Mass. FFs praise teacher who reacted to student's smoke alarm during Zoom class

Brockton fire officials said the teacher directed the student to evacuate, managed to figure out the child's address and alerted the fire department

Cody Shepard
The Enterprise, Brockton, Mass.

BROCKTON, Mass. — Elizabeth Doyle's fourth grade Raymond School class returned from lunch on Friday, joined their remote Zoom classroom and seemed excited for the rest of the day.

But that excitement quickly showed itself in a different way.

"They were all excited to be back in, but Teresa (Rosario) was yelling to me, 'My fire alarm's going off, my fire alarm's going off,'" Doyle said. "The kids got even more excited, so I muted them all to hear her."

Doyle said it's been common during remote learning — Brockton Public Schools have been remote since the beginning of the school year in mid-September — for teachers to hear occasional beeps during classes because a house's smoke detector has a low battery.

But this time wasn't just a low-battery beep.

"I could hear the fire alarm," Doyle said. "I asked her, 'Do you see fire? Do you see smoke? Do you smell smoke?' She's like, 'I smell smoke,' so I'm like, 'Oh, my God, is anyone home? Get out of the house. Get 'em out.'"

Teresa, 9, started yelling for her sisters to get out of the home and began leaving herself.

That's when Doyle said she noticed the looks on the faces of her other students.

"I was so focused in on her, I wasn't focused on the rest of my kids. Their eyes and mouths were wide open. I realized this was probably traumatic, so I closed out the Zoom."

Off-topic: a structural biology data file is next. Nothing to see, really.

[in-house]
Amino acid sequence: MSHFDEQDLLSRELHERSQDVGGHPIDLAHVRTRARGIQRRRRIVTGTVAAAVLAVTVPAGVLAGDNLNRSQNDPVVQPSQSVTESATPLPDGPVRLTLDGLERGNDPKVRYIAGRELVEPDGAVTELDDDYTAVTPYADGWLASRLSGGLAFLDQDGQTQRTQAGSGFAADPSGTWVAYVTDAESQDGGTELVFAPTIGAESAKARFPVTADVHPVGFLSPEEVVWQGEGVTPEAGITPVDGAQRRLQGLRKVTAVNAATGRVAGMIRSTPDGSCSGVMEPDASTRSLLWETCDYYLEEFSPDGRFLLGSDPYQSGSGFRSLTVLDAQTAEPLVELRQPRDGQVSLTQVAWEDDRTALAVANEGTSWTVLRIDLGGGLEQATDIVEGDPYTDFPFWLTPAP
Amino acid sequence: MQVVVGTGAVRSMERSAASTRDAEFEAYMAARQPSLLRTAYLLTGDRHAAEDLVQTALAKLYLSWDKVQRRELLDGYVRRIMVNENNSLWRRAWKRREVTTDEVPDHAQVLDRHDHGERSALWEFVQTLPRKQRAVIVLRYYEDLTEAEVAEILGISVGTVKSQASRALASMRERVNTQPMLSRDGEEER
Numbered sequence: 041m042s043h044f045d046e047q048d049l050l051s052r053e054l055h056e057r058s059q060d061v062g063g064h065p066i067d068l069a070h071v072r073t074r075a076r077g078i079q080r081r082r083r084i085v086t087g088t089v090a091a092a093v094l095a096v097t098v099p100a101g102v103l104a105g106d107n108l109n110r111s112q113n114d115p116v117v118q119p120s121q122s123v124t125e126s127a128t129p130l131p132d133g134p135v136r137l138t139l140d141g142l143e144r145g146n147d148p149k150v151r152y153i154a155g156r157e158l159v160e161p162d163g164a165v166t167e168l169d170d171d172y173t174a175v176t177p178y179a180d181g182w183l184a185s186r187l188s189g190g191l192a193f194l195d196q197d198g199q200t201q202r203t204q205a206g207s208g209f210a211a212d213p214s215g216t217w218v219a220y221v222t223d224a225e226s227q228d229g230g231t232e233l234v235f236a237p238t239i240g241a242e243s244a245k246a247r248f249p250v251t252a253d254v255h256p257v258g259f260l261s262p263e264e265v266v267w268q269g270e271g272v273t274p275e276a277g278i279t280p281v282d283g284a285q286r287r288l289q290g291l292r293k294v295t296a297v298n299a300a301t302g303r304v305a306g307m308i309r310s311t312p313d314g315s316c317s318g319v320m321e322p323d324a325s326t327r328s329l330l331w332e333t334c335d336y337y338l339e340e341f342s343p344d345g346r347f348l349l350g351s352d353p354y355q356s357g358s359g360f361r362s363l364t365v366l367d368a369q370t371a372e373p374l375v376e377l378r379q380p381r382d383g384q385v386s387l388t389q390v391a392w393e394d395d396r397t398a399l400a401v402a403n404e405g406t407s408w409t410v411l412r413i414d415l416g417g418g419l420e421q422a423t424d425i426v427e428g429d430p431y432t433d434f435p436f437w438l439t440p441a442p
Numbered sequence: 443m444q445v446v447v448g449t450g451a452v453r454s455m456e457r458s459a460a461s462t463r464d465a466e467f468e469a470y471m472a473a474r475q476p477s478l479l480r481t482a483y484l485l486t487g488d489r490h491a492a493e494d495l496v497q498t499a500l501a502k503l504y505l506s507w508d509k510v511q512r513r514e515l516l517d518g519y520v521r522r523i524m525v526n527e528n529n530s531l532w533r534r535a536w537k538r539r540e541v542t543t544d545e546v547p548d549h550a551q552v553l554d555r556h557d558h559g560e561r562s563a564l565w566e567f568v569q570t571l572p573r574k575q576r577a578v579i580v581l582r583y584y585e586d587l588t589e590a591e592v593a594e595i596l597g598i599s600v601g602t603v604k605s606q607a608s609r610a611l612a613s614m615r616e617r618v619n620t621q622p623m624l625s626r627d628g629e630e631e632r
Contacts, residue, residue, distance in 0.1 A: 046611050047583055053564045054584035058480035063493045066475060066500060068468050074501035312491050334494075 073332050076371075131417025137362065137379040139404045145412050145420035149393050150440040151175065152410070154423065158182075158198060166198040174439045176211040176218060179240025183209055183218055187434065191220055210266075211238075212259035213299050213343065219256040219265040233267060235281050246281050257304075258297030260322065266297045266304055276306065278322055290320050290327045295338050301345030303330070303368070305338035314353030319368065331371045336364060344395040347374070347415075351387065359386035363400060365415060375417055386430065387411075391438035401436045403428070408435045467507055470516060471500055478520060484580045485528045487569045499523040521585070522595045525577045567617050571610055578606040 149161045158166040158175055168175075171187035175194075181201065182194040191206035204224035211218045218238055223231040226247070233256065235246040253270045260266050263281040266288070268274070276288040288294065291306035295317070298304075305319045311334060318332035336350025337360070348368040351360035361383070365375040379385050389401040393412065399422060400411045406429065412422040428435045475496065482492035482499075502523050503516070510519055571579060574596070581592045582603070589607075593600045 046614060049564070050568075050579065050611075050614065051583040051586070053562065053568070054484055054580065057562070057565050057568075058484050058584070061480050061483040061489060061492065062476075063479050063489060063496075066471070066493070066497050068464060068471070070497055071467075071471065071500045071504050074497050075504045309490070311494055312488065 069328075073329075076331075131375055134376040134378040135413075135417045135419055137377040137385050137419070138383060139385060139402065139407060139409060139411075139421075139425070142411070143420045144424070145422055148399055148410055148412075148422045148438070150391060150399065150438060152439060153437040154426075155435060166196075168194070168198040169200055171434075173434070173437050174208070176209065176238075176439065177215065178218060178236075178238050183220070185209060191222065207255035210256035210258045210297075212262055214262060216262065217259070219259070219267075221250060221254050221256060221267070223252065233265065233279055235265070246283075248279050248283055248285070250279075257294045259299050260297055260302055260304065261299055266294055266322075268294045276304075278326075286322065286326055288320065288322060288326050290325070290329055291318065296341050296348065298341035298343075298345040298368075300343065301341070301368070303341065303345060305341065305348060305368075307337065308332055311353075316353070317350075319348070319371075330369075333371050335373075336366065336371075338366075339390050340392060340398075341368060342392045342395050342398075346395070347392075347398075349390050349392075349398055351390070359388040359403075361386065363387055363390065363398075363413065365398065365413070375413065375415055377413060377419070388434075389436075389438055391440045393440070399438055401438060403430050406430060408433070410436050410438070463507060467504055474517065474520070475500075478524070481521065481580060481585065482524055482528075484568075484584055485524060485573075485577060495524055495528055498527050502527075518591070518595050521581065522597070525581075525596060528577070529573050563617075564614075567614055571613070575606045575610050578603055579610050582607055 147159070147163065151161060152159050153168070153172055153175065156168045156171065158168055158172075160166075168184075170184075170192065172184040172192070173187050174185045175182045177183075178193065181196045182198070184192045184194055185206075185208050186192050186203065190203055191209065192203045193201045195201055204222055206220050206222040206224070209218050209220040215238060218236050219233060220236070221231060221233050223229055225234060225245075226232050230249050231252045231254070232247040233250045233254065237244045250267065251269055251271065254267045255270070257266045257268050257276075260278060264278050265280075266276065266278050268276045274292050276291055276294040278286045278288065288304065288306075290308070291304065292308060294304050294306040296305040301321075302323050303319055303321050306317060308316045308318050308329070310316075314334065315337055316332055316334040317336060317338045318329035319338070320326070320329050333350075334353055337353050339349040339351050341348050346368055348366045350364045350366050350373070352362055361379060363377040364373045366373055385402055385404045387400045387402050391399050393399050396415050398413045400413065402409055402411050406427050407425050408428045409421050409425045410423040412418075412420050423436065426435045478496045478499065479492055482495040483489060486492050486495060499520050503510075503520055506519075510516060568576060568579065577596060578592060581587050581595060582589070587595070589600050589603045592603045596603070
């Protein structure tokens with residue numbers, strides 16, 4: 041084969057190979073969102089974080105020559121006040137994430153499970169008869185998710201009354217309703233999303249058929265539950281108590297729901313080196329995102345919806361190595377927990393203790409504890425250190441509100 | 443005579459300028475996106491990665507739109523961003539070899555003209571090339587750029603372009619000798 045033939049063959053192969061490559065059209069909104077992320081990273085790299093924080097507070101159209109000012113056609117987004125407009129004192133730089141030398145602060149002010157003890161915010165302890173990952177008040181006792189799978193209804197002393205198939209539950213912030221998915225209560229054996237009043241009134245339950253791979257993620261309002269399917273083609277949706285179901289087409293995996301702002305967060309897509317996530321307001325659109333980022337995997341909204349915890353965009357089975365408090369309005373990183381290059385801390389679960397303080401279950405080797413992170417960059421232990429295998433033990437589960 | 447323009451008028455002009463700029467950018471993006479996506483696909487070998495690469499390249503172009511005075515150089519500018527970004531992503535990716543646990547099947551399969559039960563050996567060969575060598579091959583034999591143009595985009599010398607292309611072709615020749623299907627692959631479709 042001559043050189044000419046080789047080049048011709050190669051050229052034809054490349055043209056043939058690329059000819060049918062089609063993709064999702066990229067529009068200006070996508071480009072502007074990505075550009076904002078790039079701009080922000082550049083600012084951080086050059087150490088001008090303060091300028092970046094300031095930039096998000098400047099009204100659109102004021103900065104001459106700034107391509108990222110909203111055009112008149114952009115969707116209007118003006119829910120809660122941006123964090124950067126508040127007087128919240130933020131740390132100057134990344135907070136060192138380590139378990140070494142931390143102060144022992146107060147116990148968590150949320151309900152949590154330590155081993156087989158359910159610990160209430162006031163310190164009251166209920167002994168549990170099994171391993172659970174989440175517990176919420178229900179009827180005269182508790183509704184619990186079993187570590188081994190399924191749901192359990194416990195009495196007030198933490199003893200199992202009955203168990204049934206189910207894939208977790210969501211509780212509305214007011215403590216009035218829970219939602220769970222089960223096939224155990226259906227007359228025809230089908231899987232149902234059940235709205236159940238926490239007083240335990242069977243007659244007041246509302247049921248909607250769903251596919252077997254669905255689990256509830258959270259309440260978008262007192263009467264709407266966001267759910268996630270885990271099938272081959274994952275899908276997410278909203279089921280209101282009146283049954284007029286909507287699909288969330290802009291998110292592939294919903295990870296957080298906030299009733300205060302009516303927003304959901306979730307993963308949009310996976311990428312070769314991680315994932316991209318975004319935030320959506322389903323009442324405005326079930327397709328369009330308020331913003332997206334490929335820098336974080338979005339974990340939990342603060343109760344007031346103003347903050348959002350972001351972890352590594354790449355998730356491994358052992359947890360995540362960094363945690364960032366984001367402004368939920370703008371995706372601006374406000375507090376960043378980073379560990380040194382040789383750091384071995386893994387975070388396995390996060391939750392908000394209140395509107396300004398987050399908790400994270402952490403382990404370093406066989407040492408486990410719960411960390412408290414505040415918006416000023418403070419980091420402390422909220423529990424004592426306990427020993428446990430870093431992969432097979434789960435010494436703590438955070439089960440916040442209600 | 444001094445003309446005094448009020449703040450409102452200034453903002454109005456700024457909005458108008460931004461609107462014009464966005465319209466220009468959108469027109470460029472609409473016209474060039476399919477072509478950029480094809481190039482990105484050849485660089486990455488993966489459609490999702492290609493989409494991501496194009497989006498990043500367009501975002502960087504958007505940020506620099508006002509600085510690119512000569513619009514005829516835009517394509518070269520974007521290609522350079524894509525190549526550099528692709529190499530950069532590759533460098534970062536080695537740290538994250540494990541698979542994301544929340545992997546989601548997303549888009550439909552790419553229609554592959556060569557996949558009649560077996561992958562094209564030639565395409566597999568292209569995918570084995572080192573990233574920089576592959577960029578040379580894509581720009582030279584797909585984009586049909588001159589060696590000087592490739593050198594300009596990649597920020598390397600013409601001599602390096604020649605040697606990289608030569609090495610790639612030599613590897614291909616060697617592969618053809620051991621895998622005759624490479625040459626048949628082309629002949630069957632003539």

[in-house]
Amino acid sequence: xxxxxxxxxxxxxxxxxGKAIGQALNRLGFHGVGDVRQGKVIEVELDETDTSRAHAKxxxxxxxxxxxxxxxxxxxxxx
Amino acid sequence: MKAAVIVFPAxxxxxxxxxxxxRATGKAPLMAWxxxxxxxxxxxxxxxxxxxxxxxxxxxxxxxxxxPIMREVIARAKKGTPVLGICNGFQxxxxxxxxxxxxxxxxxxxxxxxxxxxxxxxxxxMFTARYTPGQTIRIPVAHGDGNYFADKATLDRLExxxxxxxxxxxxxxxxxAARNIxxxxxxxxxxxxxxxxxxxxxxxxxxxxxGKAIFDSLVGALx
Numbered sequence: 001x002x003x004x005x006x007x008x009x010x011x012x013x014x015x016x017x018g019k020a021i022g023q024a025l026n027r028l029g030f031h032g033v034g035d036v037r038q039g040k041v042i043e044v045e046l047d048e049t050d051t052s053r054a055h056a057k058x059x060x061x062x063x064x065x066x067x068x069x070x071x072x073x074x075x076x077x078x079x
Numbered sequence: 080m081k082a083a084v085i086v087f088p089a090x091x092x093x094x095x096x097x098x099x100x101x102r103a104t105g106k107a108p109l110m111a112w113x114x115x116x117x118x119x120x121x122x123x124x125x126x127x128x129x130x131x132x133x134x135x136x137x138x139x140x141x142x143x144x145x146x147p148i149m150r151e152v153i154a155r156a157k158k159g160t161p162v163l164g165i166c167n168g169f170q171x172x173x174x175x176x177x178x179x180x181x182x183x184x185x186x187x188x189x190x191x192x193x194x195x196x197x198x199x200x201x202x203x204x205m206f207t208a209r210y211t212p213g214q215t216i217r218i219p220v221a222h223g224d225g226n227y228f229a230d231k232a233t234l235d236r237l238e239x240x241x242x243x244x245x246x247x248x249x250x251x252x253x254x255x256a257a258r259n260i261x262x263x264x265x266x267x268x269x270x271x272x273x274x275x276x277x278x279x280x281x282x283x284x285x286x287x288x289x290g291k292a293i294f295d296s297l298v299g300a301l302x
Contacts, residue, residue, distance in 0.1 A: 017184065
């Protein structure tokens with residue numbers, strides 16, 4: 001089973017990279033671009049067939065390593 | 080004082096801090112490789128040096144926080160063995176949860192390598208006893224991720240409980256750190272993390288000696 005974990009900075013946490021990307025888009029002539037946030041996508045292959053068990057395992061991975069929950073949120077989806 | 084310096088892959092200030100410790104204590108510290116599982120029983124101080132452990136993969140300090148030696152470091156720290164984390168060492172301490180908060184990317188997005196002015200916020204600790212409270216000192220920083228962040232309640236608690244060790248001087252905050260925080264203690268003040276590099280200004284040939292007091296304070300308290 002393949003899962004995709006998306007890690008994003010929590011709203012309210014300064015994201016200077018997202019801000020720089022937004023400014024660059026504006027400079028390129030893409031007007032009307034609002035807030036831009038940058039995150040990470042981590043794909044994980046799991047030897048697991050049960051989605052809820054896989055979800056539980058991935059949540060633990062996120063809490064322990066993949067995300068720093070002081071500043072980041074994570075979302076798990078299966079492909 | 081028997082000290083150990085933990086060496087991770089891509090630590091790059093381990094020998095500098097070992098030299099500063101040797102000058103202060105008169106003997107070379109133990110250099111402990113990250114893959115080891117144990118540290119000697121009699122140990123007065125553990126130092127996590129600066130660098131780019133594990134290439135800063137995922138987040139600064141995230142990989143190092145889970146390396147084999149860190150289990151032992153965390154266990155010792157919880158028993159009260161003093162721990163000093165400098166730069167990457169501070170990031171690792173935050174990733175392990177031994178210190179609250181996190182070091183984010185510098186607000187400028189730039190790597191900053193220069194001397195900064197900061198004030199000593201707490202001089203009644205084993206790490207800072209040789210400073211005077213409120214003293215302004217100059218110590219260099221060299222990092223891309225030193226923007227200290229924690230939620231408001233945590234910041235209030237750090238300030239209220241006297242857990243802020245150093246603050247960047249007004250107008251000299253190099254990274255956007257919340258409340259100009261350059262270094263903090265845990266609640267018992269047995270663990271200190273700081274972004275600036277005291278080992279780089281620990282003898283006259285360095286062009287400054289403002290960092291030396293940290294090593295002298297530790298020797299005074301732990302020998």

Doyle then found two phones — one to call Teresa on and another to call the Brockton Fire Department.

"I gave them the address and told them there was a fire," Doyle said.

The fire department responded to the Ellis Street home shortly after noon.

Inside the basement, firefighters found a "contents fire," where some clothes were burning after a stick of incense fell into the pile. The fire was contained to a small area.

"We were on the easy end of this, I feel bad for the teacher, who had to try to figure out where this child is, what the address is," Deputy Fire Chief Kevin Galligan told WCVB-TV.

Meanwhile, Doyle said she had emailed her principal and school to inform them of what had happened. But, in no time, she was getting messages from her students looking to get back into the virtual classroom.

The entire incident became a learning experience for her all of her students.

"The guidance counselor and vice principal came in the Zoom and we had a talk about what had happened," Doyle said. "We asked the kids how they were feeling. They expressed concern for Teresa and shared stories. We talked about fire safety, which they've been learning in health class. It was a big lesson."

Teresa said she was thankful to her teacher.

"I'm thankful she did something to help," Teresa told WCVB.

"I'm thankful for the teacher, Ms. Doyle, that she did what she did to keep my child, my children, safe," Griselle Quinones, Teresa's mother, told WCVB.

Deputy Fire Chief Edward Williams, one of the department's fire investigators, said the teacher's actions likely prevented a larger fire.

Although Doyle said teachers deal with all kinds of different distractions during remote learning, a fire was a first for the 23-year Brockton teacher.

"Thankfully the fire department showed up quickly and put out the fire and Teresa and her family are safe with not much damage," she said. "It could have been a disaster. Thank God it wasn't."


(c)2021 The Enterprise, Brockton, Mass.

McClatchy-Tribune News Service

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